Enter the mouse part of the study. Here, the researchers found that arterial plaques increased in mice with normal gut bacteria when they were given L-carnitine. The red meat compound and the gut bacteria appeared to be partners in contributing to heart disease.

As a point of comparison, other L-carnitine-eating mice were given antibiotics that cleared their gut bacteria. Arterial plaques did not increase in these mice.

What are we left with? Certainly NOT that we should pop antibiotics alongside our red meat in order to prevent heart disease. Yikes. (For reasons why antibiotics are not the answer, check out this article by the excellent science writer, Carl Zimmer.)

We're left with a caution against red meat, I guess. An explanation of why vegans and vegetarians might have a lower risk of heart disease. But the research is preliminary, so personally I'm not going to swear off burgers forever. 

Most importantly, I think we're left with a picture of nutrition that's about more than just input. It's a picture of an ecosystem, where each thing interacts with other things to produce an output - in this case, heart disease. Gut bacteria seems to be a big player in these actions. In this article, Stanley Hazen, head of cardiovascular medicine at the Cleveland Clinic, says: "Bacteria make a whole slew of molecules from food... and those molecules can have a huge effect on our metabolic processes."

One more thing: after reading this study, I wouldn't be too quick to take L-carnitine supplements. Certain gut flora might love them... but it's possible that could have dangerous results. Koeth, R., Wang, Z., Levison, B., Buffa, J., Org, E., Sheehy, B., Britt, E., Fu, X., Wu, Y., Li, L., Smith, J., DiDonato, J., Chen, J., Li, H., Wu, G., Lewis, J., Warrier, M., Brown, J., Krauss, R., Tang, W., Bushman, F., Lusis, A., & Hazen, S. (2013). Intestinal microbiota metabolism of l-carnitine, a nutrient in red meat, promotes atherosclerosis Nature Medicine DOI: 10.1038/nm.3145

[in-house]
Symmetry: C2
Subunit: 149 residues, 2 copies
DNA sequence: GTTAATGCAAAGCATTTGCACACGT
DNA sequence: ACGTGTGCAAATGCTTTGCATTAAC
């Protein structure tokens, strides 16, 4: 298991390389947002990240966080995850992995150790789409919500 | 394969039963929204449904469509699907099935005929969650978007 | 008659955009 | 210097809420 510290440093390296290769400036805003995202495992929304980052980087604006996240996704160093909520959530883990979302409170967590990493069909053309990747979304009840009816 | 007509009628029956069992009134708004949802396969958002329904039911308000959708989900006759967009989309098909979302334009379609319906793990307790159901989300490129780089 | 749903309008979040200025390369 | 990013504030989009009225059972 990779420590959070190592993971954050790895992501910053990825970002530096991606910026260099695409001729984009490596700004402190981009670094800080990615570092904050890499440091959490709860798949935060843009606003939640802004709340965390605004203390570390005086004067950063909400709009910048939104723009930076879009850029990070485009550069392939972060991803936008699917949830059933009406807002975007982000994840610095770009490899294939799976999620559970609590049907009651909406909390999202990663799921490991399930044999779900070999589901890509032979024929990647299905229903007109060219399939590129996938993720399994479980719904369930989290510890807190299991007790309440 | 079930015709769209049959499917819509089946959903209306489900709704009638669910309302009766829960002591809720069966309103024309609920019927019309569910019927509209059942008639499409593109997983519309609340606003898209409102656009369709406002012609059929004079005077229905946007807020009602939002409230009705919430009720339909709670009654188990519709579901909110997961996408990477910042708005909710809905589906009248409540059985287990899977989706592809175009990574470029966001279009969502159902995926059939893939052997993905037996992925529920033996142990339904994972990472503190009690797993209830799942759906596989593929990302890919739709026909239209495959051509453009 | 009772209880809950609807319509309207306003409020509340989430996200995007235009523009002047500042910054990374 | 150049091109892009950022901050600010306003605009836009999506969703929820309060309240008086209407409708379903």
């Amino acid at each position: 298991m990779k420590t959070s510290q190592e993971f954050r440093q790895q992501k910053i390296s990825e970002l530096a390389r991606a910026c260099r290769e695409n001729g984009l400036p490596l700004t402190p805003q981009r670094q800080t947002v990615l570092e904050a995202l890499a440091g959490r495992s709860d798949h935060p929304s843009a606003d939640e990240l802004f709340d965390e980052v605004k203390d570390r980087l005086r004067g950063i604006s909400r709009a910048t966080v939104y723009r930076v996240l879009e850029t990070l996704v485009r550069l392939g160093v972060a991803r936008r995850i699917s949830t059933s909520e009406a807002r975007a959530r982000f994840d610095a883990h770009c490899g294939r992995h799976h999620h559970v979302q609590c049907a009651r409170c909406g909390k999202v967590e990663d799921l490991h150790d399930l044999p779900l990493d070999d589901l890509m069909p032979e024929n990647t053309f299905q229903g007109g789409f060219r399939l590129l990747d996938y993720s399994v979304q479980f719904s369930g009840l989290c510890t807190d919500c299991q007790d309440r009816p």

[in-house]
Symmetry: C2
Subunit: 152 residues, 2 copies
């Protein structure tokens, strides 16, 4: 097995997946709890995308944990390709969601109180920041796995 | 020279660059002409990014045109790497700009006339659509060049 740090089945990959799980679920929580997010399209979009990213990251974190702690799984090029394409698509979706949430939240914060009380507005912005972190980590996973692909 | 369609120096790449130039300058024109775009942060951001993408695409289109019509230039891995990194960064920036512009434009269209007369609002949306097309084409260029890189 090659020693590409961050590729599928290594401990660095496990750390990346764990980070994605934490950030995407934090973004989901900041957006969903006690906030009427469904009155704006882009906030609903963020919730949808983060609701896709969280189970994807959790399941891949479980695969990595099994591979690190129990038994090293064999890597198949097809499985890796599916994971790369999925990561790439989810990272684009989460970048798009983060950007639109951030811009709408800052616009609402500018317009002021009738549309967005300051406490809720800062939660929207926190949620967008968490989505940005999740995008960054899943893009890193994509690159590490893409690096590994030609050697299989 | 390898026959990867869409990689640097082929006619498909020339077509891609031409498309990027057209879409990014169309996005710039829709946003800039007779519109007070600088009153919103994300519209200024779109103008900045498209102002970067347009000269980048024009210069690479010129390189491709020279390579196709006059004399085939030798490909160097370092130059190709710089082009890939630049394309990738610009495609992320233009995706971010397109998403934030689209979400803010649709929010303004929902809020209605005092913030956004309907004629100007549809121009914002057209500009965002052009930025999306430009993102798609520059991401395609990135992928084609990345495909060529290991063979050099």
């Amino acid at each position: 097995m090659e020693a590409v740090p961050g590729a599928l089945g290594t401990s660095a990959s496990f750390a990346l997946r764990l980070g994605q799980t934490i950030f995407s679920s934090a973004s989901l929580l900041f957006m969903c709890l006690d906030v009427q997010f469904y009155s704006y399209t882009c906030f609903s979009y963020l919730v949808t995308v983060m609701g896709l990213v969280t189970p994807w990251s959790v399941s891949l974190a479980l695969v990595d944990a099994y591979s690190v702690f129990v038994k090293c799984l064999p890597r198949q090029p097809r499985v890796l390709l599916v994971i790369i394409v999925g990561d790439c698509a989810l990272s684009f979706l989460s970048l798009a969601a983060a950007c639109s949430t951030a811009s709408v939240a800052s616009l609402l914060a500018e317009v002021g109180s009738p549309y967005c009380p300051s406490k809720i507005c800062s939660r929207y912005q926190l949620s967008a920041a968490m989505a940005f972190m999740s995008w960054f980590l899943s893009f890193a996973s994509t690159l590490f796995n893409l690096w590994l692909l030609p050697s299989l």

Tuesday, March 5, 2013

Flora helpers: What expectant parents need to know about baby's gut bacteria

Expectant parents, tell me this:

If there was a thing you could do for your child that would decrease his or her chances of being obese, suffering from asthma, or developing type 1 diabetes later in life - and that's just a start - how hard would you try to do it?

Well, there is a thing. And that thing is protecting the little one's gut bacteria, right from day one. 

When I was expecting my daughter, I was already a full-on gut bacteria geek. Instead of reading What to Expect before bed, I was downloading pdfs of studies on the gut bacteria of newborns. Oddly, the topic was nowhere to be found (outside the scientific literature) in my pre-baby immersion experience. I don't remember a single mention in the parenting books, blogs, prenatal groups, or even my medical professionals.

Luckily for all the babies yet to be born, that silence around gut bacteria will definitely change over the next couple of years.

How do I know? Because the science that's already out there says that gut bacteria is highly relevant to both labour and newborn care. Health outcomes later in life may have everything to do with those couple of days leading up to birth, and with the birthing process itself. It's not just an exercise in getting the baby out. It's the challenge of getting the baby out with good gut microbiota intact. This microbial garden is so important that microbiologists are starting to think of it as the baby's "forgotten organ". Not sure about you, but I would certainly want my baby delivered with all of its organs included.

Photo source:

In a nutshell, these are the things that can have an impact on baby's gut microbiota:

1) Mom receiving antibiotics before and during labour
2) Baby born by caesarean section
3) Baby breastfeeding
4) Baby receiving antibiotics early in life

What's exciting to me is that, even in the past year, researchers have started to put more empirical data behind these. A few of the above started out as mere theories, but now there is evidence for each one of the four factors.

One recent Canadian study that investigated factors 2 and 3 above was called Gut microbiota of healthy canadian infants: profiles by mode of delivery and infant diet at 4 months, published in the Canadian Medical Association Journal. With 24 subjects, the study is big enough to be interesting, though small enough to warrant continued research.

The study was basically a snapshot of gut bacteria at a single point in time - 4 months - along with information on the infants' birth and health histories. Researchers found that all kids had certain bacteria in common (e.g. Bifidobacteria), but there were some important differences:

Vaginal birth vs. Caesarean section

Certain bacteria were "underrepresented" in all infants born by c-section, as compared to those with a vaginal birth: those of the genus Escherichia–Shigella. And one entire phylum of bacteria (Bacteroidetes) was absent from the c-section babies.

Elective caesarean section vs. Emergency caesarean section